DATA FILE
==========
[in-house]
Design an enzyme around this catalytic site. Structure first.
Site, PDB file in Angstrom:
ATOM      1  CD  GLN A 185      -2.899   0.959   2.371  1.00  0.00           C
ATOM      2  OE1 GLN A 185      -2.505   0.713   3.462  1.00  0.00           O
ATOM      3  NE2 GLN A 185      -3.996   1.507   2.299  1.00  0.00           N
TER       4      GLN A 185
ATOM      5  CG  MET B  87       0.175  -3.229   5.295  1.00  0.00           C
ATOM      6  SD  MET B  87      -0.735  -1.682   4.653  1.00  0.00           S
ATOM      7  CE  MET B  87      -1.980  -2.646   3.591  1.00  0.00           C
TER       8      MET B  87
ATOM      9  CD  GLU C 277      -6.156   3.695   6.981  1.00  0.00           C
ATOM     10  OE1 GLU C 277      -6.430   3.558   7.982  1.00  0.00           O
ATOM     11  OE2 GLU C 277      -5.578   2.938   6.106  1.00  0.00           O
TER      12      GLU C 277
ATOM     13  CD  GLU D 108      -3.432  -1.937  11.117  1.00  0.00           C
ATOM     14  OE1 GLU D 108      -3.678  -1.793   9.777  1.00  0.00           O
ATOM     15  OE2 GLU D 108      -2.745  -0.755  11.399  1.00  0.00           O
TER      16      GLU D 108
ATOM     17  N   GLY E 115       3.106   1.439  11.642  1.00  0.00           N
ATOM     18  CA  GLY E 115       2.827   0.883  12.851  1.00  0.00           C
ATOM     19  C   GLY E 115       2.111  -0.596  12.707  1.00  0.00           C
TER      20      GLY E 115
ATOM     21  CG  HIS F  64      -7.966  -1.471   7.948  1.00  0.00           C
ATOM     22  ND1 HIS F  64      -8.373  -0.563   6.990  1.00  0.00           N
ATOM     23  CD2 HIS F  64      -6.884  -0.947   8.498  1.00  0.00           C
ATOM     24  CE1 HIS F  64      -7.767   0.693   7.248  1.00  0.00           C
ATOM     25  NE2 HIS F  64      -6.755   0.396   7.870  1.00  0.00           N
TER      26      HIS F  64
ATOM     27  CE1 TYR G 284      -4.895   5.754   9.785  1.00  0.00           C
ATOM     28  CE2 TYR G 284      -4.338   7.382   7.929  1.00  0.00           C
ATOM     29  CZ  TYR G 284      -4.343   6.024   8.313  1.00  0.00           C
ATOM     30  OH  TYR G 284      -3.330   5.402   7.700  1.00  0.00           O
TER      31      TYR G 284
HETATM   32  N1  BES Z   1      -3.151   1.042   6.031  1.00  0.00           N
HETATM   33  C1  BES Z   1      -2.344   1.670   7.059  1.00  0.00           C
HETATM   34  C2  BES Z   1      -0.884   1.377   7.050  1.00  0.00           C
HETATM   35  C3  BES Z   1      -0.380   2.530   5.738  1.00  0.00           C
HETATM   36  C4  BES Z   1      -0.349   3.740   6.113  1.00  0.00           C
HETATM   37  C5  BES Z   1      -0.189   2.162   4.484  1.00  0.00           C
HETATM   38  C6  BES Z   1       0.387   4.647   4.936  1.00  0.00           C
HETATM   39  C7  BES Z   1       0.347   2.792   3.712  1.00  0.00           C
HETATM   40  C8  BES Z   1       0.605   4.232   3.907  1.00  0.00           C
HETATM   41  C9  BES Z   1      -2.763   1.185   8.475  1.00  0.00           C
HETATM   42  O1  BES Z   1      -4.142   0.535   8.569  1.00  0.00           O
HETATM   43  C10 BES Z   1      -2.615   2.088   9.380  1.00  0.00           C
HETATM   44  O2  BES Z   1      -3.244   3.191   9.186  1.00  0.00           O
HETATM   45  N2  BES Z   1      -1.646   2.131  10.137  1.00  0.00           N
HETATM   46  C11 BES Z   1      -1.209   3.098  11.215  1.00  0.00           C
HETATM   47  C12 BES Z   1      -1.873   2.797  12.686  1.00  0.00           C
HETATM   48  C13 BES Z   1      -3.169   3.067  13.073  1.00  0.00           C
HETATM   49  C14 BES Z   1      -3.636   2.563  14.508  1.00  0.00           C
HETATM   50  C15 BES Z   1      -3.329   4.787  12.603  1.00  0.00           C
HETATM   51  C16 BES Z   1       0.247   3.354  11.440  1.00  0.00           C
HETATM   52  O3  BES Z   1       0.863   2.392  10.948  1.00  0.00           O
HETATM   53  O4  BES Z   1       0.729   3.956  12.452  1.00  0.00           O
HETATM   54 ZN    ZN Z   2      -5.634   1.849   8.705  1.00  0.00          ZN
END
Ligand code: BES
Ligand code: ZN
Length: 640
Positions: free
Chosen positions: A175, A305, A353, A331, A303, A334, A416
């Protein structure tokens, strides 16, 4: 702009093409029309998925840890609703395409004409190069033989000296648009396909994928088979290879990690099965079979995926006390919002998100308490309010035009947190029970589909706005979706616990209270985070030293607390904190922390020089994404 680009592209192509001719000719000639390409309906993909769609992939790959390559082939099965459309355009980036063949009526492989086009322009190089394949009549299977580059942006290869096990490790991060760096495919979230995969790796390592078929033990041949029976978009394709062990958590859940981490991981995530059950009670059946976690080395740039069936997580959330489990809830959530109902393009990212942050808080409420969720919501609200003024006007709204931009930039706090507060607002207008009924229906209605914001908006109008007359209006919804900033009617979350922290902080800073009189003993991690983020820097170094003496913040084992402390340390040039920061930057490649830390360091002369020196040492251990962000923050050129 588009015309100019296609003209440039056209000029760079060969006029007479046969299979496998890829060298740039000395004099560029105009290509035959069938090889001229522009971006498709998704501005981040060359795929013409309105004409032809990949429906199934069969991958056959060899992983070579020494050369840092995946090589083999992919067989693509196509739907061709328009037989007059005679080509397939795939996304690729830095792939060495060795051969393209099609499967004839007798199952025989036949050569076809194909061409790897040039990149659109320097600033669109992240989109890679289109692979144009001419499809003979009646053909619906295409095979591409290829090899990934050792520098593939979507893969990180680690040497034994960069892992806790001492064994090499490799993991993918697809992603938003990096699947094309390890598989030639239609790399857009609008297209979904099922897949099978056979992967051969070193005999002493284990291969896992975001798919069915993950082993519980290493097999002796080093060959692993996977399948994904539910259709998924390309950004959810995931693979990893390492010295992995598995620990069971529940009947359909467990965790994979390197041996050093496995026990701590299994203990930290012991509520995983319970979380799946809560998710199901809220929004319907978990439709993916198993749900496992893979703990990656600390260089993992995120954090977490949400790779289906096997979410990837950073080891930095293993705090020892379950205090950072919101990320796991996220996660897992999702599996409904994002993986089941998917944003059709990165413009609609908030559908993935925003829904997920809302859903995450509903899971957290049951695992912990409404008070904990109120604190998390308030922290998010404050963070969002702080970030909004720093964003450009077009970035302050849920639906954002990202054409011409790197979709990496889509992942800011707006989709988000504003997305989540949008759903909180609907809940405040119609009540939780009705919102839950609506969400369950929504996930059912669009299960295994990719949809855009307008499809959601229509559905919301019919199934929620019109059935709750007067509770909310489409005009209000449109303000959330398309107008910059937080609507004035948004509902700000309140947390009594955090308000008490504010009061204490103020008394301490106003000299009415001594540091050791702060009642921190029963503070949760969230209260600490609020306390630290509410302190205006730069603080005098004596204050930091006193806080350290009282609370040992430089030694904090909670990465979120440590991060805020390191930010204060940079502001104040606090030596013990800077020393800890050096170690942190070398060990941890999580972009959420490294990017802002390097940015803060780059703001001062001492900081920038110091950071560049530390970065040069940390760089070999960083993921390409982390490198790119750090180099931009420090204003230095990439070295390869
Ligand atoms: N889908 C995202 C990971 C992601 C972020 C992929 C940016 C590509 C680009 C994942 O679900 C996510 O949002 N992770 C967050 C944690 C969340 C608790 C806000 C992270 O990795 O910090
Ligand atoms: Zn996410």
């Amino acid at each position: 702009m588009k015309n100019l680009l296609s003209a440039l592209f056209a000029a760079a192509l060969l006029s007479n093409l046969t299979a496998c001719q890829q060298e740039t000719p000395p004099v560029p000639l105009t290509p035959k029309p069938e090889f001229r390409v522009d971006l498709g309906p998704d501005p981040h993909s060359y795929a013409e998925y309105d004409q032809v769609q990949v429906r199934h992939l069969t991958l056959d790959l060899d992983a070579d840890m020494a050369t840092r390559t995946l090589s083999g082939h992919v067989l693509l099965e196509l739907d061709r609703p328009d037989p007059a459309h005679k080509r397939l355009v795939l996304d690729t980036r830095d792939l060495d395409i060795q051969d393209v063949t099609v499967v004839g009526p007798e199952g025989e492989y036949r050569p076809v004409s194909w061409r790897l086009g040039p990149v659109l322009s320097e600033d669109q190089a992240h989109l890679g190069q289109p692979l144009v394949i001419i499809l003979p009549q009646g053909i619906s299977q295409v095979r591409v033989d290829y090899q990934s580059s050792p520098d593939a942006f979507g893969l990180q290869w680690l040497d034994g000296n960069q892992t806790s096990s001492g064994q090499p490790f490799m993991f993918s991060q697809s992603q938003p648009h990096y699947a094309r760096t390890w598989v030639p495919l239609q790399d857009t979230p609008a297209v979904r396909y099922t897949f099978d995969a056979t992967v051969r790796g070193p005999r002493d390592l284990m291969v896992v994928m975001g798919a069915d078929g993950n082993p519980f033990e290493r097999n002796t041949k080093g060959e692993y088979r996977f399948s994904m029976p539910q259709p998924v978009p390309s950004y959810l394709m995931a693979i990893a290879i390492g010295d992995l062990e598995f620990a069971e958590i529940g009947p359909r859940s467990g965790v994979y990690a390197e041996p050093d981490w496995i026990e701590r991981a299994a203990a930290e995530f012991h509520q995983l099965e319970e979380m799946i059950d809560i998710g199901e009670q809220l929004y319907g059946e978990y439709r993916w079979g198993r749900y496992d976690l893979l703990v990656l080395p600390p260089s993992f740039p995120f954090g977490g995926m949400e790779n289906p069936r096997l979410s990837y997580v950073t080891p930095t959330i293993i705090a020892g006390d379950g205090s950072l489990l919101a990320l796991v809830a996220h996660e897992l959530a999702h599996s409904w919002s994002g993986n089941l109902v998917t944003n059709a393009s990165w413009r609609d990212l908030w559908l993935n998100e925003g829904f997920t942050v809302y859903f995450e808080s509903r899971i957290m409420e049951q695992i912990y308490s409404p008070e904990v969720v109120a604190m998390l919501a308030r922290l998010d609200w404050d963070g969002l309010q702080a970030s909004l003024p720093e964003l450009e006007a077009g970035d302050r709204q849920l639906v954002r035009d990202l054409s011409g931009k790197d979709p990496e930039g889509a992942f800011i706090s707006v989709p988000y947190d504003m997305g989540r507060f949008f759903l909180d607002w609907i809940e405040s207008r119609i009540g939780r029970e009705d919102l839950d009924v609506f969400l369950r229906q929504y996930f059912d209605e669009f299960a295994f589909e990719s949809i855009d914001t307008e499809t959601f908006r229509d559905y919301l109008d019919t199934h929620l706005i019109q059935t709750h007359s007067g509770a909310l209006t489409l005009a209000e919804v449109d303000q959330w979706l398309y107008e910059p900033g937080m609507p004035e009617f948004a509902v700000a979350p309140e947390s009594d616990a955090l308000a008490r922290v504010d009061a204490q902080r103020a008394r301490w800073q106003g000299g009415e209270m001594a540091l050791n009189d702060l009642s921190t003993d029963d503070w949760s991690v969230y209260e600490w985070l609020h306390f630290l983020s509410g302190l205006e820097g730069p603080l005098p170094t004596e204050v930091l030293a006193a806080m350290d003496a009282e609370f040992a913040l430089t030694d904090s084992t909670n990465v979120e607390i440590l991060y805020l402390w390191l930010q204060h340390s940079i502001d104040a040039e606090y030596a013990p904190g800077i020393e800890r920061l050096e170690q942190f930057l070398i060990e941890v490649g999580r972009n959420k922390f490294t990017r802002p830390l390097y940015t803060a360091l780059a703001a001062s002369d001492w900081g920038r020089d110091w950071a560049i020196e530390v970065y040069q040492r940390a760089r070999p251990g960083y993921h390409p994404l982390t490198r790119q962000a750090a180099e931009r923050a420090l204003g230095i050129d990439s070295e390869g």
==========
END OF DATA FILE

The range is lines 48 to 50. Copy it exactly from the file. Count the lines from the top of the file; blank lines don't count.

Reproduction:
HETATM   45  N2  BES Z   1      -1.646   2.131  10.137  1.00  0.00           N
HETATM   46  C11 BES Z   1      -1.209   3.098  11.215  1.00  0.00           C
HETATM   47  C12 BES Z   1      -1.873   2.797  12.686  1.00  0.00           C